Mental health patients travelling up to 79 miles for bed 'not acceptable'

A man silhouetted in a window Image copyright Newscast
Image caption Vicki Nash, head of policy and campaigns at mental health charity Mind, said if someone is sent far away for treatment they are less likely to get support for friends and family

Mental health patients having to travel as far as 79 miles (127km) for a bed is "not acceptable", the charity Mind has said.

A report looking at the 226 English clinical commissioning groups (CCGs) in October 2014 says the average journey for a patient was 13 miles (22km).

But six teams saw patients travelling on average more than 100km (62 miles).

Patients in Brighton and Great Yarmouth and Waveney faced the longest average distance, NHS statistics show.

Vicki Nash, head of policy and campaigns at mental health charity Mind, said: "When someone is in a mental health crisis, they are at their most vulnerable.

2A good support network of friends and family can play a key part in recovery, but if someone is sent far from home... friends and family may be less likely to be able to visit.

"We know that bed numbers have been dropping over the last few years, making it harder for people to get the help they need, when and where they need it. It's not acceptable."

Average distances travelled by patients at CCGs and local area teams
CCGs and health teams Number of patients Average distance travelled for bed
Brighton and Hove 5 127.6km (79.5miles)
Great Yarmouth and Waveney 5 127.4km (79.2 miles)
Vale of York 10 118.2km (73 miles)
Leicestershire and Lincolnshire Local Area Team 645 106.3km (66 miles)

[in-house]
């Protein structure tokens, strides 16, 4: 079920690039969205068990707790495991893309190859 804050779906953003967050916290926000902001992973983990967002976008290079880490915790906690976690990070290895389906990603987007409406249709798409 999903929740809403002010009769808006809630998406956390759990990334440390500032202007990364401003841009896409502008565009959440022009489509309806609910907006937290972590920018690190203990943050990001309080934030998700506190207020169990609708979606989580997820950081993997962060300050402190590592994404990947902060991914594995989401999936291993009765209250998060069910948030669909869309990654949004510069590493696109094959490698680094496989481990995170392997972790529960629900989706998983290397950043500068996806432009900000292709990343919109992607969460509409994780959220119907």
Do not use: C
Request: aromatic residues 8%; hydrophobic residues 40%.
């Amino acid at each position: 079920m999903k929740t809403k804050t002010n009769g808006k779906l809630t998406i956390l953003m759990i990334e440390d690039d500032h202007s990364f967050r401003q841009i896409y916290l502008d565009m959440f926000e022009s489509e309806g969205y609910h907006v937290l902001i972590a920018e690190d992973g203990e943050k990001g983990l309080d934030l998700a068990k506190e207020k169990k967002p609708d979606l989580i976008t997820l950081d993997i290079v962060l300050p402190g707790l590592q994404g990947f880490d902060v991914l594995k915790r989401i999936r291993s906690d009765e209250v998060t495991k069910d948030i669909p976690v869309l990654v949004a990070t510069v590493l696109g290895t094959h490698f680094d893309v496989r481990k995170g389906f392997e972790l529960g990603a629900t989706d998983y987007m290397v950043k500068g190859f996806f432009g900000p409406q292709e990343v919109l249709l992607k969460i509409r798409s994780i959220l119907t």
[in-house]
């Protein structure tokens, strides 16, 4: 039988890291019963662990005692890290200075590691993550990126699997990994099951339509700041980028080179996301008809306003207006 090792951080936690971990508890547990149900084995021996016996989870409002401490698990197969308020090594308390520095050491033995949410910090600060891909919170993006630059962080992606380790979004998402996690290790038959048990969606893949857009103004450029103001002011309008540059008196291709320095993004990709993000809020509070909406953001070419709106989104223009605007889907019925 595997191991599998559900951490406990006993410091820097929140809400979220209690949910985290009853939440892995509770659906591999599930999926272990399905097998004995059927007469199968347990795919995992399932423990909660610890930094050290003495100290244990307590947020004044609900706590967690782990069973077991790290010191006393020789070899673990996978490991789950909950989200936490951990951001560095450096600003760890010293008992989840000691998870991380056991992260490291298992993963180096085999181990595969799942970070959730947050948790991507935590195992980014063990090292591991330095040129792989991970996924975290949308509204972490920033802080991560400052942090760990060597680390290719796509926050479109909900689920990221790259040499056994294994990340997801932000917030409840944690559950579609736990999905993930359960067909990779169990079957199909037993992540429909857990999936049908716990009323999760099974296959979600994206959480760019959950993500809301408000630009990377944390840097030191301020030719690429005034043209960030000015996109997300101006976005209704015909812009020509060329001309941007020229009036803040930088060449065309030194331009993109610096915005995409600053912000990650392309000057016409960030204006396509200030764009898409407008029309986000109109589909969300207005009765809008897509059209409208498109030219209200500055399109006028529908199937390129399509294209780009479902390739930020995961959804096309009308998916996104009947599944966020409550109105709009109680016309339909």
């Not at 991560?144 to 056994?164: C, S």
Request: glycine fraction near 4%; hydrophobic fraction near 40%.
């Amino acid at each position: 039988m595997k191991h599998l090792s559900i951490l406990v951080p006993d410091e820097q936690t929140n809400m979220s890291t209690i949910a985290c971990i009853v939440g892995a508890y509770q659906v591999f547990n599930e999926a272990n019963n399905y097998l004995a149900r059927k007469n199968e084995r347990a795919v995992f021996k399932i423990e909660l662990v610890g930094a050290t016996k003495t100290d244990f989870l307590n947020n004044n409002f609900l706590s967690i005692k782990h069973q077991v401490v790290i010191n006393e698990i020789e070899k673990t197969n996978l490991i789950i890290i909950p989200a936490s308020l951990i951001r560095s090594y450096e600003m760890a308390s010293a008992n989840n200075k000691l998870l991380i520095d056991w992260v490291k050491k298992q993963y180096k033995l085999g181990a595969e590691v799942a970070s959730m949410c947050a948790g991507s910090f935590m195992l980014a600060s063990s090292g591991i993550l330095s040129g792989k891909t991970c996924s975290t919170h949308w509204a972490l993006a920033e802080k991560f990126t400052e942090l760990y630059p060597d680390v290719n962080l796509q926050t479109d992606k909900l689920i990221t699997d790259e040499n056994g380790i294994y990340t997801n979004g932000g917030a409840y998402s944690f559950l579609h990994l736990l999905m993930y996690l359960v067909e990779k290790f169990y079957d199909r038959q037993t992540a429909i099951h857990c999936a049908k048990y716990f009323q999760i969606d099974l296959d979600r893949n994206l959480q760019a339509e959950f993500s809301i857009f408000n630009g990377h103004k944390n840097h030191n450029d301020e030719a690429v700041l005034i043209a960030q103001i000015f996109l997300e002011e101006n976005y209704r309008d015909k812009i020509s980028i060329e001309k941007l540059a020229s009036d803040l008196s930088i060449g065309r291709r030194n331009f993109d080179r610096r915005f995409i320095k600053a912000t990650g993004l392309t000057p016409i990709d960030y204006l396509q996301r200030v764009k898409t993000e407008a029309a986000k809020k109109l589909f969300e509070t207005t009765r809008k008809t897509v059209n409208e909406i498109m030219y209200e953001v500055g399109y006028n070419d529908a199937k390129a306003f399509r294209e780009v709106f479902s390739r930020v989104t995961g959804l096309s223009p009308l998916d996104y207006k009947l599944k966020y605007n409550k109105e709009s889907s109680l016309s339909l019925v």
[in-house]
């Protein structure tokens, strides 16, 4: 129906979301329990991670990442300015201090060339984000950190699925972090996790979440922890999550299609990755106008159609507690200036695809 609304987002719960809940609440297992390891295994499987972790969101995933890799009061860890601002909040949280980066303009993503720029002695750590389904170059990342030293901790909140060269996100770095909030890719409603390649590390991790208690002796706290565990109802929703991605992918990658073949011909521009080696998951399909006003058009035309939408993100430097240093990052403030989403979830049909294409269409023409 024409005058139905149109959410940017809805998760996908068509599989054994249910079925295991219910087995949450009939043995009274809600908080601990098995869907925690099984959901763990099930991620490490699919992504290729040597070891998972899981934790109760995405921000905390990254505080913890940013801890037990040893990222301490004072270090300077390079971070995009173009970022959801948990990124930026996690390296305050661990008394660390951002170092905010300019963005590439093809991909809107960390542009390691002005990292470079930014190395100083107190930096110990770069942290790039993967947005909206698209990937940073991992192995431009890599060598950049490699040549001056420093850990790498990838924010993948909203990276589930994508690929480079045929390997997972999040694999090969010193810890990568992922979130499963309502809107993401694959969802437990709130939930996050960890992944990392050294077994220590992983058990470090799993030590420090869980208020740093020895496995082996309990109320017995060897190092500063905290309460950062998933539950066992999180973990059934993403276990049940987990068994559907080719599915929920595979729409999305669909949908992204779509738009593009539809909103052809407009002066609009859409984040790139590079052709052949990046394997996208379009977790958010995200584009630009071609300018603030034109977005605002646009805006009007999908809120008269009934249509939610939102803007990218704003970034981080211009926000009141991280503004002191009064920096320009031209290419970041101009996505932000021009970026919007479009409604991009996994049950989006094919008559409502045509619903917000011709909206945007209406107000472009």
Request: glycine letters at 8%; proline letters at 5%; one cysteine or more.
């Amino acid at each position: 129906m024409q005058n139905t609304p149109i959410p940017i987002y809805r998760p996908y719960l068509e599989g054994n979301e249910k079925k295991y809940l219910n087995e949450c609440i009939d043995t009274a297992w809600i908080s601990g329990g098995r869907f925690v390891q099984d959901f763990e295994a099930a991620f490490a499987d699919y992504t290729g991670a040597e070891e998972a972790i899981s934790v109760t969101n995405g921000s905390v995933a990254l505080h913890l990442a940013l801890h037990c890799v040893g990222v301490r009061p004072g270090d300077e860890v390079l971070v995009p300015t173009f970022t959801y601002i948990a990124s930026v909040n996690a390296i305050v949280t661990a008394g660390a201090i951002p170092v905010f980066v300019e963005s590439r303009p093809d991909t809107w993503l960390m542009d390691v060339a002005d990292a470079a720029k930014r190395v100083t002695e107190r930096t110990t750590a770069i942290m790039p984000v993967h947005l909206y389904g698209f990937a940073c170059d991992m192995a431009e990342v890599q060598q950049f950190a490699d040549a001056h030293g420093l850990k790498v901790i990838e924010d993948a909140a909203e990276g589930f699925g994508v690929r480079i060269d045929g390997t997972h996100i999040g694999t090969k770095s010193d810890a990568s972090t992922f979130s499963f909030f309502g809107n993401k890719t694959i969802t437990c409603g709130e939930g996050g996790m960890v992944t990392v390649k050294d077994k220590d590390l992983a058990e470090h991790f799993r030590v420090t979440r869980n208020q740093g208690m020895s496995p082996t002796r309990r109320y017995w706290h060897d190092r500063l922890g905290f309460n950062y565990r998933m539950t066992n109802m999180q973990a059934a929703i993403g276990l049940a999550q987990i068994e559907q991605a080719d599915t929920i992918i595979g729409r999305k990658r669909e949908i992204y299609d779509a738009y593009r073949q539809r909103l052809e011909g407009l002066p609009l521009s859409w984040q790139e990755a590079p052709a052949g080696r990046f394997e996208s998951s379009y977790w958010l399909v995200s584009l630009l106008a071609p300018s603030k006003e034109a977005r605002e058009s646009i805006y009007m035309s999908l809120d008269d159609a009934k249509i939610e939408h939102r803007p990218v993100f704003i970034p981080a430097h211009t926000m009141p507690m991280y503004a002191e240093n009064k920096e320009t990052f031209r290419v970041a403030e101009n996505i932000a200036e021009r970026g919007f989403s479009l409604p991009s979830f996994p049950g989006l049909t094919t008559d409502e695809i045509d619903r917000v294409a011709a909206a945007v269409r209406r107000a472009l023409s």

Bristol 20 104.4km (64 miles)
Bristol, North Somerset, Somerset and Gloucestershire Local Area Team 20 102.4 (63 miles)

The Health and Social Care Information Centre (HSCIC) report said the majority of people had a distance of less than 10km (6 miles), but one in 10 people (1,665) had a distance of 50km (31 miles) or more and one in 20 (778) people have to travel 100km (62 miles) or more.

The report says: "The data shows that people living in the South and East of England, particularly in CCGs covering large geographic areas, such as NHS Ipswich and East Suffolk CCG (median of 94.4km to treatment for 15 people treated) are more likely to travel further to treatment on average."

A spokesman for HealthEast, the CCG for Great Yarmouth and Waveney, said: "Beds for mental health patients are arranged by Norfolk and Suffolk NHS Foundation Trust, who will look for the closest available appropriate bed to the patient's home.

"It is important to note that patients living in Great Yarmouth and Waveney are only placed out of the area very occasionally and when appropriate.

"We will continue to work with the mental health trust to ensure people are treated as close to home as possible."

A spokesman for Ipswich and East Suffolk CCG said: "Geographically, the Ipswich and East Suffolk CCG covers a large area, and in its report, the HSCIC recognises this as a major factor affecting distances travelled by the 15 east Suffolk mental health patients.

"The priority of the CCG is to always place patients in the most appropriate care setting as close to home as possible, and this happens in the majority of cases."

A spokeswoman for Bristol CCG said it was "working in partnership with Avon and Wiltshire Mental Health Partnership NHS Trust to prevent anyone being transported out of area for their care and treatment".

More on this story

Related Internet links

The BBC is not responsible for the content of external Internet sites